Cloacal Exstrophy

A rare birth defect

Cloacal Exstrophy* is a rare birth defect involving the pelvic area that is termed a malformation sequence and involves the cloaca** and occurs once in every 250000 births. While it can affect girls or boys, in boys, they are typically born without a penis and/or other defects.

This can be so severe that it usually makes adequate reconstruction of the male genitalia difficult if not impossible, and gender reassignment has been performed over the past few decades with many boys born without a penis being converted surgically into females soon after birth. Their diminished phalluses were removed and reconstructed as vaginas; their parents encouraged to raise them as girls, but this has had unfortunate psychological consequences.

Cloacal Exstrophy is different from Cryptorchidism, a medical term referring to absence from the scrotum of one or both testes. This usually represents failure of the testis to move, or "descend," during fetal development from an abdominal position, through the inguinal canal, into the ipsilateral scrotum. About 3% of full-term and 30% of premature infant boys are born with at least one undescended testis, making cryptorchidism the most common birth defect of male genitalia. However, most testes descend by the first year of life (the majority within three months), making the true incidence of cryptorchidism around 1% overall.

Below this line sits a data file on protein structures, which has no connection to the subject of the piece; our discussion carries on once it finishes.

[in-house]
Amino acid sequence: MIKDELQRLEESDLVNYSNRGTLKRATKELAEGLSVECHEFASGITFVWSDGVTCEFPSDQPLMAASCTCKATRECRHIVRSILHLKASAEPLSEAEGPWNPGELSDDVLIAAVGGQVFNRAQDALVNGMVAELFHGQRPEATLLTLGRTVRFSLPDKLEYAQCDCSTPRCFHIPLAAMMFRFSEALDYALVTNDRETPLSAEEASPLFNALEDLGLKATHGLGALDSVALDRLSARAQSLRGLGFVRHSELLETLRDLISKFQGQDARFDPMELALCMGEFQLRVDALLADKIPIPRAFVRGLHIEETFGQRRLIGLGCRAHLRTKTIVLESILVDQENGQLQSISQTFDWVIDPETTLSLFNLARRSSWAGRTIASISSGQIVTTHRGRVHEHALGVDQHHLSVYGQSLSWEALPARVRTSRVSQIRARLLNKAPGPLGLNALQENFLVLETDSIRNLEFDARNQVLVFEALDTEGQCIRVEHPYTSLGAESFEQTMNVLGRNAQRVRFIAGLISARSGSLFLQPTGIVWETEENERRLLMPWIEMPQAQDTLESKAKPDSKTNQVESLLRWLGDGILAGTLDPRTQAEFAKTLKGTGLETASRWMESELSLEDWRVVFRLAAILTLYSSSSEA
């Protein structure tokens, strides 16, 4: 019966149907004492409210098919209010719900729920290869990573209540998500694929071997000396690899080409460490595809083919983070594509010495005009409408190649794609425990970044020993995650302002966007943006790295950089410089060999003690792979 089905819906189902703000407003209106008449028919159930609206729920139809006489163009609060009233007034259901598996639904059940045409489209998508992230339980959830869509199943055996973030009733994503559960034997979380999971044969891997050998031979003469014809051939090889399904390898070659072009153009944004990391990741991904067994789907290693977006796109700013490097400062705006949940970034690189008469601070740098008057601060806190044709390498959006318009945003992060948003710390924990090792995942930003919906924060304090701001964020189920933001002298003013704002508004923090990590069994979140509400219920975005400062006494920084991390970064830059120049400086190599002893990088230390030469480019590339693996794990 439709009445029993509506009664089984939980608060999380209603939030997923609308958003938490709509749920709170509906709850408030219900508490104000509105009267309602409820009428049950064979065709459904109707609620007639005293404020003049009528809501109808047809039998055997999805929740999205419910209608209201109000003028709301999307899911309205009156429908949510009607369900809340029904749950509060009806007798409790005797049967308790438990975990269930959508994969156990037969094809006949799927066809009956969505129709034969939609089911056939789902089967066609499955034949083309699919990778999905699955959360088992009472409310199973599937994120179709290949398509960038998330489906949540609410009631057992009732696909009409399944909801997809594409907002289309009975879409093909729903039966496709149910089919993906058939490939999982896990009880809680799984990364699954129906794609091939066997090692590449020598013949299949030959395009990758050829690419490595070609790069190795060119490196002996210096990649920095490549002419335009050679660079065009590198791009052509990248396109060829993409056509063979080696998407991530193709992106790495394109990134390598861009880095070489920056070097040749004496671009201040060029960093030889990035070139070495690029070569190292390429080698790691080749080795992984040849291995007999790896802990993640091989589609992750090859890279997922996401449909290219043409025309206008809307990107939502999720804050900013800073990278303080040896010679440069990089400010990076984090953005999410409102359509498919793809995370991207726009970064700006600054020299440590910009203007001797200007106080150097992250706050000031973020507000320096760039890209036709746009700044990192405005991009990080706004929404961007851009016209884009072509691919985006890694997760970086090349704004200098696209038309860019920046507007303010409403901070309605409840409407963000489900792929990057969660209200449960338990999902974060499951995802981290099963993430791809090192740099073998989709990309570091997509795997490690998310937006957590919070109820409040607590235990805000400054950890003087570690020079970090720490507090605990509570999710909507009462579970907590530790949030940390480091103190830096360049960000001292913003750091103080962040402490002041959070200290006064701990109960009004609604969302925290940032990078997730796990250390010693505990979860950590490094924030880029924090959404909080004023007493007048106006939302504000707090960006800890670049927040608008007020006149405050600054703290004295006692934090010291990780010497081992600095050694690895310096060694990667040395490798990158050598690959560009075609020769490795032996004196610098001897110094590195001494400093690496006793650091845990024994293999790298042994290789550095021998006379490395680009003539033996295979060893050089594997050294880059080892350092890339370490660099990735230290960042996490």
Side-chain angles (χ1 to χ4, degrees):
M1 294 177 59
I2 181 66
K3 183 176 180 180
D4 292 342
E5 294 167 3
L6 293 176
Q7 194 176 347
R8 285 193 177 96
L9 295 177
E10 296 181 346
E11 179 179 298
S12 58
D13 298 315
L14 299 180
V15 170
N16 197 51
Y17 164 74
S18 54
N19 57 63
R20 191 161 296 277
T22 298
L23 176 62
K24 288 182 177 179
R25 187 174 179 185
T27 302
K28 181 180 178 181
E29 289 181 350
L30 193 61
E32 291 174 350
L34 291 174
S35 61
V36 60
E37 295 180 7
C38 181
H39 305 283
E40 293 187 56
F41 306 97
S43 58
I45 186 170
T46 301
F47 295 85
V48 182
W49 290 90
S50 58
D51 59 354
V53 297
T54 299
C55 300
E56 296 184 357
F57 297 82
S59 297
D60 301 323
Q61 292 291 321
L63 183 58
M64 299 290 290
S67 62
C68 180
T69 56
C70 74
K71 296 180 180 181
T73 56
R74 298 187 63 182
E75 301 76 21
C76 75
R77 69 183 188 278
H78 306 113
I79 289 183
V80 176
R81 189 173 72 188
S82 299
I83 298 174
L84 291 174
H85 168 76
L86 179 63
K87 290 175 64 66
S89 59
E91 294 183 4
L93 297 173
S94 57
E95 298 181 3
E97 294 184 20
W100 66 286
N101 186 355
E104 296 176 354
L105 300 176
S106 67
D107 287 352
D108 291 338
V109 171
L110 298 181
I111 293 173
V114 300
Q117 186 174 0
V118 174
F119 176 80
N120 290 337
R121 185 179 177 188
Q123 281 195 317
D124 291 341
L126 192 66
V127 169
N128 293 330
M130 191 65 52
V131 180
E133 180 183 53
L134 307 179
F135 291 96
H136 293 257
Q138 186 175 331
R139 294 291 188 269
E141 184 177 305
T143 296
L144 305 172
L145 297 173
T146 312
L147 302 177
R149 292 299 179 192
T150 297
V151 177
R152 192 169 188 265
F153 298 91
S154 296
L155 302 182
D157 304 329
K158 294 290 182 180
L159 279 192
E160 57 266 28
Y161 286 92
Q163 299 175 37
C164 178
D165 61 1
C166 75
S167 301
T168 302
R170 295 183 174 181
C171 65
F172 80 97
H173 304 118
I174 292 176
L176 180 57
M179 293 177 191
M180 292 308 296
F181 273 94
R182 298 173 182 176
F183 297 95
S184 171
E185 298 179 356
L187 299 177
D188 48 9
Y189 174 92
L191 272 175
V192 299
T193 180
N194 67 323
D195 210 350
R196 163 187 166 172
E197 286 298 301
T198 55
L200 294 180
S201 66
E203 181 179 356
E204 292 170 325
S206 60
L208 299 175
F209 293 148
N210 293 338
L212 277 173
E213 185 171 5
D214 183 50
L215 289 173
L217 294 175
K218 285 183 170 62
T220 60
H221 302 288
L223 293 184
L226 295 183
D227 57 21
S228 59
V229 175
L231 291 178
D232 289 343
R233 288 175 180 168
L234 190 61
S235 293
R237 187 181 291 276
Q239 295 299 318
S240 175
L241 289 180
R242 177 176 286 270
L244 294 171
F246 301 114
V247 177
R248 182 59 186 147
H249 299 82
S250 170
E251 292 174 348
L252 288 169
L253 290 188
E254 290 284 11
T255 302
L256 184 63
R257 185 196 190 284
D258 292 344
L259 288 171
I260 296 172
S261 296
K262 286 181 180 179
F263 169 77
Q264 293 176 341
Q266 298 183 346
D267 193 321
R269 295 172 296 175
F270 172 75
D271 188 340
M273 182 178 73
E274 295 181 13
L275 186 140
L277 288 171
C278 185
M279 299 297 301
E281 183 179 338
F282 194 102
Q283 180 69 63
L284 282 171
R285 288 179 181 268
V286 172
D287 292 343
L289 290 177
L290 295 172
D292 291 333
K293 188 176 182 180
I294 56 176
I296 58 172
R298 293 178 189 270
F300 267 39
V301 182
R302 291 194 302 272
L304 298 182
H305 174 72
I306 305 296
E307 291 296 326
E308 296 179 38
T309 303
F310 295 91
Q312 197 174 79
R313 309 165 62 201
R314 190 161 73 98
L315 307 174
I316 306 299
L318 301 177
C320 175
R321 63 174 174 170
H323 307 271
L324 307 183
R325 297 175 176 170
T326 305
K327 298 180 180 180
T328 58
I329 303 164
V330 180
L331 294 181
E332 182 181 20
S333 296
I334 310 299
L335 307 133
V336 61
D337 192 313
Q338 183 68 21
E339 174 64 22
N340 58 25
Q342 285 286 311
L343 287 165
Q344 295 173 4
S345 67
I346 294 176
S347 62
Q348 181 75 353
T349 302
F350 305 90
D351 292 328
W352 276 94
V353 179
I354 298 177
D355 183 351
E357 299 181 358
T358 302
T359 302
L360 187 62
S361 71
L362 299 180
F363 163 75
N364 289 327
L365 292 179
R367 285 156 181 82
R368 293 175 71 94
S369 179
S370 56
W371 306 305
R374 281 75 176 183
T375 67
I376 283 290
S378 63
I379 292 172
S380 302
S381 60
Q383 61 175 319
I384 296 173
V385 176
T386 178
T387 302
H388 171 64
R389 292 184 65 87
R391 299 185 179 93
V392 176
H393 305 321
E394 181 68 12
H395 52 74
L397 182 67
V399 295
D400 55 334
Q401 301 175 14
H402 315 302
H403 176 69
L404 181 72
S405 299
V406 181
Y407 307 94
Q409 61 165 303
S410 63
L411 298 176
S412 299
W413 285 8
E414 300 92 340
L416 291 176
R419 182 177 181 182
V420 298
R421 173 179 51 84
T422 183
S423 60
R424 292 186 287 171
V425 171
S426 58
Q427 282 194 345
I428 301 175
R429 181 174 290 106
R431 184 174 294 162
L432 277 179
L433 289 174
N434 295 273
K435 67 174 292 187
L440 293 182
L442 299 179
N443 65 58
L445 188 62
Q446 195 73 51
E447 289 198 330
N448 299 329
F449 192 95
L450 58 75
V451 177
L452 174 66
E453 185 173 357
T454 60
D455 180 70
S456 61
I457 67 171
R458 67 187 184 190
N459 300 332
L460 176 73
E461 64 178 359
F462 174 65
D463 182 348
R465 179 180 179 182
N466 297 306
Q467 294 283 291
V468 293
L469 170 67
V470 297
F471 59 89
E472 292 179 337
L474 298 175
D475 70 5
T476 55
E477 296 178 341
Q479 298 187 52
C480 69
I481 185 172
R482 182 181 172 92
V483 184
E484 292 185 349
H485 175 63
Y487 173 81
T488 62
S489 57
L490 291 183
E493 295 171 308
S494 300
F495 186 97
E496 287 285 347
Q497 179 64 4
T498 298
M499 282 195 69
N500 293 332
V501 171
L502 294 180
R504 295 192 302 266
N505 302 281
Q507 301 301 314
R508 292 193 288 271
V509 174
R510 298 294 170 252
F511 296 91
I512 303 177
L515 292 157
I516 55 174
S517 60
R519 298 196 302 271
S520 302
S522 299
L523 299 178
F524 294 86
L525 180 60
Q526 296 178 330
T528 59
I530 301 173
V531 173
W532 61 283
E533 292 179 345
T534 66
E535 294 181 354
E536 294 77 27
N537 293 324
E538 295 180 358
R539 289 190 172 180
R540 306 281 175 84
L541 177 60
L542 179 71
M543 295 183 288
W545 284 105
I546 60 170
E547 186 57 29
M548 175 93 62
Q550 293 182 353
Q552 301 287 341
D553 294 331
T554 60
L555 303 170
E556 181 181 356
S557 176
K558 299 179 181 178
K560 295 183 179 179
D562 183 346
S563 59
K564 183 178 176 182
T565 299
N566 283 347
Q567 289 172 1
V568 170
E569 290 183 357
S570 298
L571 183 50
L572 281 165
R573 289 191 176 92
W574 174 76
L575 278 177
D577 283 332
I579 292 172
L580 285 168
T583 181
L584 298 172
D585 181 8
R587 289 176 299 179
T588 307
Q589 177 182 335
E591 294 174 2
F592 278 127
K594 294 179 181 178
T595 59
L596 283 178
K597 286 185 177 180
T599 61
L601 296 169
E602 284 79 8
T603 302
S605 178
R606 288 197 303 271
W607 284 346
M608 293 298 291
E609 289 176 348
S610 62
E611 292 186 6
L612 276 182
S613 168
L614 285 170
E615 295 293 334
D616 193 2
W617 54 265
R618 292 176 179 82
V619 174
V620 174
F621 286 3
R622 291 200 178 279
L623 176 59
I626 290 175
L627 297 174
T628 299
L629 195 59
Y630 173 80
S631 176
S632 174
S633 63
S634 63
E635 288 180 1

* Exstrophy refers to the eversion of a hollow organ at birth (from the Greek ex, out, + strophe, a turning). In exstrophy of the cloaca, an area of the intestine is interposed between two separate areas of the bladder.

** A cloaca is a common passageway for feces, urine and reproduction. During human embryogenesis (development), there is for a time a cloaca. The far end of a structure called the hindgut is the cloaca before it divides to form a rectum, a bladder, and genitalia.


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